The developers have been transparent about their game and content plan so far. All of the gameplay mechanics have been explained in quite a detailed fashion. The raid, titled Operation Dark Hours will take place in the Washington National Airport and will feature the endgame specific Black Tusk faction. The Year 1 content plan will feature 3 free updates with narrative missions, new game modes, new specializations, and new content to dive into.
Players were promised a taste of these things in the now-concluded Private and Closed Beta and again in the ongoing Open Beta. And after sinking some time into it, I can say that this is what The Division 2 should be at launch. The gameplay is crisp. The game feels and plays exactly like The Division but is different enough in terms of atmosphere and gameplay that it feels fresh. The world feels much more accessible due to the design and placement of landmarks. The map is dotted with activity points and faction politics for you to dip into and be a part of. The map encourages exploration through hidden alleyways and looting opportunities. And carefully placed settlements and safe houses allow players to rearm and regroup.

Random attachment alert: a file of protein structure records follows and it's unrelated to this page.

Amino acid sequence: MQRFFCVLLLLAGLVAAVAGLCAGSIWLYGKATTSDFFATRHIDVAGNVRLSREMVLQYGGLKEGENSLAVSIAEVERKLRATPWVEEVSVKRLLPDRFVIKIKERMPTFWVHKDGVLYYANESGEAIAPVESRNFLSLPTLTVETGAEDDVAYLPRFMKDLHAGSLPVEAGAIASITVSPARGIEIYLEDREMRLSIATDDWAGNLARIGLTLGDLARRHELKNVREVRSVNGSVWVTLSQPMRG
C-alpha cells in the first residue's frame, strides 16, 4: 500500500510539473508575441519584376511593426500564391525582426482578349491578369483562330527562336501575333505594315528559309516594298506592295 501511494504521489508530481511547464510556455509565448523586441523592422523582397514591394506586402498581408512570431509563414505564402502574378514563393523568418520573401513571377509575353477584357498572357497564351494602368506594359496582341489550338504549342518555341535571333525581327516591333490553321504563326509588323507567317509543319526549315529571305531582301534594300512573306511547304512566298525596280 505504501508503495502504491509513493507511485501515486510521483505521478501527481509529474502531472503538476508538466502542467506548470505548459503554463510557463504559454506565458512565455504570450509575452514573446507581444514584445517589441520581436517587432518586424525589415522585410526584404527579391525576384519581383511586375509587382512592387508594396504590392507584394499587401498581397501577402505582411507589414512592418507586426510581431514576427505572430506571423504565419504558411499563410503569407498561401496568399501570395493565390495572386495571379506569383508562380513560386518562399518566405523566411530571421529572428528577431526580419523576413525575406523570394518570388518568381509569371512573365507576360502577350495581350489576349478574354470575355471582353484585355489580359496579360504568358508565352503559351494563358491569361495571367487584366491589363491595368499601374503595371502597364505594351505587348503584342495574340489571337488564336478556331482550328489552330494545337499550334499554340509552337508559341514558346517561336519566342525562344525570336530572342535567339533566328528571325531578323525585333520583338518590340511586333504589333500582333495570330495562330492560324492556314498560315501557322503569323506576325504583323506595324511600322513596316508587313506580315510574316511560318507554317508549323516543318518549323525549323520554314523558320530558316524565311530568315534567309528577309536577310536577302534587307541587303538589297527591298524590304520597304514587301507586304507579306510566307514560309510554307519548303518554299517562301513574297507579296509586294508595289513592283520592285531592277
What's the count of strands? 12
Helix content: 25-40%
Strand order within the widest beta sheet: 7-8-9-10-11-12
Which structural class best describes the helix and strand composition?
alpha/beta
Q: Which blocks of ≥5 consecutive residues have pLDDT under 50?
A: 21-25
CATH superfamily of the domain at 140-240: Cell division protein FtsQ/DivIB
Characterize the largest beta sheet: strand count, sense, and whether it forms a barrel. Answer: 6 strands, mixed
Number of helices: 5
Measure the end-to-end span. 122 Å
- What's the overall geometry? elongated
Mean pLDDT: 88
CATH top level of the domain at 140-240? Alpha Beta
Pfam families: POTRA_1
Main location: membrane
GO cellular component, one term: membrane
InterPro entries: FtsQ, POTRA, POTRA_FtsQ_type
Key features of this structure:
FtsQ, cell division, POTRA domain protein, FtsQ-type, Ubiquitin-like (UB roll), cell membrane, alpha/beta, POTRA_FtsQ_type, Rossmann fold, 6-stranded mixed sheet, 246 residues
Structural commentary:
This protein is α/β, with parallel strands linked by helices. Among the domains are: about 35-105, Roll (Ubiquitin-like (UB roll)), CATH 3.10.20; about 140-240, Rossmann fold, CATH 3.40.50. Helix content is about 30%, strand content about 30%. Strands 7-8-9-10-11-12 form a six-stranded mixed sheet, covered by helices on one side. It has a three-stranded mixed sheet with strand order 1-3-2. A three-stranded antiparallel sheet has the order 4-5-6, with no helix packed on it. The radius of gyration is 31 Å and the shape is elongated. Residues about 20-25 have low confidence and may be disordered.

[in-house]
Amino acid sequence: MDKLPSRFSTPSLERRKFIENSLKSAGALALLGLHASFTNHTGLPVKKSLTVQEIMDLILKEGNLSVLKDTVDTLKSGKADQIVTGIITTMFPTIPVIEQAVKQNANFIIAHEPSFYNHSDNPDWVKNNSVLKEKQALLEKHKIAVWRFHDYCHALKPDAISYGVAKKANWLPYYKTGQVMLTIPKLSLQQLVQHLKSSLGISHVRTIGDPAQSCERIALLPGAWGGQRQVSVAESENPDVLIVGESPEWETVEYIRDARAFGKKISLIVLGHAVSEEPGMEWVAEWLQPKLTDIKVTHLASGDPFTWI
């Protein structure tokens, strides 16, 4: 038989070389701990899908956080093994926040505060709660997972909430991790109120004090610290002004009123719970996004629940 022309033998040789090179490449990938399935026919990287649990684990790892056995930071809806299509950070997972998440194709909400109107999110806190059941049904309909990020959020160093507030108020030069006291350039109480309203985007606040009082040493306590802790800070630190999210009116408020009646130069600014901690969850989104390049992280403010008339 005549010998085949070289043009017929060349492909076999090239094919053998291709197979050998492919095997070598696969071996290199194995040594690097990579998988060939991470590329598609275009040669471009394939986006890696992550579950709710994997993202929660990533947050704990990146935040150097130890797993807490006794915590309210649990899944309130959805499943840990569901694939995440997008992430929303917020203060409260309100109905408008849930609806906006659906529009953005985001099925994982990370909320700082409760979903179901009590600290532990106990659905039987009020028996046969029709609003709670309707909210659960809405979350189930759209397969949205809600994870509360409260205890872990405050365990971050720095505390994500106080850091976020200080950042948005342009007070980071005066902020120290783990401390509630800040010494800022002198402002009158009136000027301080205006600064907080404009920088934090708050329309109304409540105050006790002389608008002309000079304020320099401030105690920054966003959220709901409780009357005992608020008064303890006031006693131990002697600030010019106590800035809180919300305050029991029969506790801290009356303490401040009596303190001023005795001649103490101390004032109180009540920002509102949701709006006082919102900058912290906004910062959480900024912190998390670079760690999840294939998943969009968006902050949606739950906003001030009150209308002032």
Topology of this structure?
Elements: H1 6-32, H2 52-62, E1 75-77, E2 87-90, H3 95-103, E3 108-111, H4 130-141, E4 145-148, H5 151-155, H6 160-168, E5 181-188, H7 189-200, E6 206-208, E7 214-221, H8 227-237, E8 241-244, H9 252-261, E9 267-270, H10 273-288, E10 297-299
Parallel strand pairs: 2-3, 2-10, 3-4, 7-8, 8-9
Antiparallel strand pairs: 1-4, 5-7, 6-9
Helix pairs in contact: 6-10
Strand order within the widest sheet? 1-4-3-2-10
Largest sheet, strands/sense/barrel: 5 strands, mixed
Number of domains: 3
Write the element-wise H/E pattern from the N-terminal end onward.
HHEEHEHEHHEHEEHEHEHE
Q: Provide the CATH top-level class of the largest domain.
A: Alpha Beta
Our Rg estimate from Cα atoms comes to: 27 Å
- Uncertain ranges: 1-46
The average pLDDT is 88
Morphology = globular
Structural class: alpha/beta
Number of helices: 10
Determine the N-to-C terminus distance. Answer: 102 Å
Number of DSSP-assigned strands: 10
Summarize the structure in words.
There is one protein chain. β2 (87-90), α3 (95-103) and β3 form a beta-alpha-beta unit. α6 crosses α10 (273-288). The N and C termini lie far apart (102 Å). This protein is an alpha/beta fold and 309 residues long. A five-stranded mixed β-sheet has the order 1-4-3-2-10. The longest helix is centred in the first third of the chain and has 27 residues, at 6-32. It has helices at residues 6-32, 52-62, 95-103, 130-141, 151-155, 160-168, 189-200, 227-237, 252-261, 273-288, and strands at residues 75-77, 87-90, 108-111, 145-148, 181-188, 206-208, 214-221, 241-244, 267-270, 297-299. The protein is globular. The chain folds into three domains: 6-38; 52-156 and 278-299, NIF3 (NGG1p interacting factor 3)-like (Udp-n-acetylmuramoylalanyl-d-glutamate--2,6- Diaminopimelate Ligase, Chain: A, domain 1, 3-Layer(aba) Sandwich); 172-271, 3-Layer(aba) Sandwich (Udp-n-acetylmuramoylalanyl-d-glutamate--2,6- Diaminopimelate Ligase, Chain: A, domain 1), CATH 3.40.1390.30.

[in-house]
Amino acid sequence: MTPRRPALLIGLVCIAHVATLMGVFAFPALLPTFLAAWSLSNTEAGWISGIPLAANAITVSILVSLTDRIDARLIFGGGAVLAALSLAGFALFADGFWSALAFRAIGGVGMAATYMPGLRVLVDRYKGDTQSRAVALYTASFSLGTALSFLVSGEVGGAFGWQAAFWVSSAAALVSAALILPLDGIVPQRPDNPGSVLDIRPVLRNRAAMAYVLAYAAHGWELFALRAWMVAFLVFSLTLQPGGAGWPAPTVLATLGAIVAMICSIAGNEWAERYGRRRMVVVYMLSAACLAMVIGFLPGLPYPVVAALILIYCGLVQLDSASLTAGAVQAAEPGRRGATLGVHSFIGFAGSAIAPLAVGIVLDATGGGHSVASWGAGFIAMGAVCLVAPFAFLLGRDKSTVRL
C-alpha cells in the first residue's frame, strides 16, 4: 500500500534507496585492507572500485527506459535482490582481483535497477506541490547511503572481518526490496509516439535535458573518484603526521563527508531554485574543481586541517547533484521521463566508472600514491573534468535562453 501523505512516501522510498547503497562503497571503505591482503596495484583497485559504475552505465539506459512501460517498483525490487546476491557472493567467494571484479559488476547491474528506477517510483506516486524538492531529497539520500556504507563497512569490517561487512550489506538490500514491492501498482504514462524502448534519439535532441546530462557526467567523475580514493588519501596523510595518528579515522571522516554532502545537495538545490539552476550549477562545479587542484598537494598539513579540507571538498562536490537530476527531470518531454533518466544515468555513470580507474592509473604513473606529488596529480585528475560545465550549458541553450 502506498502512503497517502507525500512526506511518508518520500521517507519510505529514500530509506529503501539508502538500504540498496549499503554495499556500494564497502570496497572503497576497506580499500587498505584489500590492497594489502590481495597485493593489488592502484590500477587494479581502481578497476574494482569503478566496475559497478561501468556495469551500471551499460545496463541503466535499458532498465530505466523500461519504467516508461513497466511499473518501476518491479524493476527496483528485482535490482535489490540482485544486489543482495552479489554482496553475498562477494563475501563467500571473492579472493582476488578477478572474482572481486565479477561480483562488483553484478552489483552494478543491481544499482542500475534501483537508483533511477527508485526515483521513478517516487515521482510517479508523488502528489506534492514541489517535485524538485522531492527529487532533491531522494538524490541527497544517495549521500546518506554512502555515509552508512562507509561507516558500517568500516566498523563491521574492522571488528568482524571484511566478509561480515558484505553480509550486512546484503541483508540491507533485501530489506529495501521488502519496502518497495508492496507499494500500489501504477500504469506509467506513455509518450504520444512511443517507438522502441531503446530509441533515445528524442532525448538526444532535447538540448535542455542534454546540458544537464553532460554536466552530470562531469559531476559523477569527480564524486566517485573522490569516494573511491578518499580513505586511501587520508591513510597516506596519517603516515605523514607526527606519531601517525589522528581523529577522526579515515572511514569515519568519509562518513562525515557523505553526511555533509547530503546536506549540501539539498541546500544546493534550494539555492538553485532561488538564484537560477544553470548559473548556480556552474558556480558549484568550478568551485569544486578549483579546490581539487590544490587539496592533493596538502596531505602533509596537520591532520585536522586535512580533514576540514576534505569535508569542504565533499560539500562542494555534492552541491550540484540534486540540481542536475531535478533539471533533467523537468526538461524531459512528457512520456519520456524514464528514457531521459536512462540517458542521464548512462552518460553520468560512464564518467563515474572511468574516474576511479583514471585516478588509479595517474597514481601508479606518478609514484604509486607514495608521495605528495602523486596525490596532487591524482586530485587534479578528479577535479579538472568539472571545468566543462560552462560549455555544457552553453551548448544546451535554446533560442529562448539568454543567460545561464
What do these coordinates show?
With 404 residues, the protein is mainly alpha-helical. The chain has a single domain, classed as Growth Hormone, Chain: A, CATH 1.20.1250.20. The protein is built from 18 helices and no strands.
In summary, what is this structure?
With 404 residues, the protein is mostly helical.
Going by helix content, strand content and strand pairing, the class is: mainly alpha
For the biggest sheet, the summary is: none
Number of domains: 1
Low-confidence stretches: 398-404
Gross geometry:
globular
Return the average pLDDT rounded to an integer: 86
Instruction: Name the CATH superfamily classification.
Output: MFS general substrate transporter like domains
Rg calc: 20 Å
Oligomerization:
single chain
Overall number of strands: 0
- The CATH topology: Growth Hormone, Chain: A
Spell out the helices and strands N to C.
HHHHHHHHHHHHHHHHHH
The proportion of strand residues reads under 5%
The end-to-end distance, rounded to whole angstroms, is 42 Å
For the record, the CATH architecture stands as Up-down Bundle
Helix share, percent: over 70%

The developers have taken their time to iron out the issues that plagued the first game’s open world experience. Where The Division struggled with crafting a sprawling world with only side missions and collectible hunt, The Division 2 introduces active world events and control point invasions allowing a steady stream of dynamic content. The story missions aren’t bland either as completing these unlock further interactions with more characters and even open up opportunities of gaining some additional benefits at your home base. You can recruit characters and use their expertise to benefit your base and increase their effectiveness. Side missions aren’t just shoot and loot either. This time around, some side missions are as interesting and meme-worthy as securing (read: stealing) the Declaration of Independence.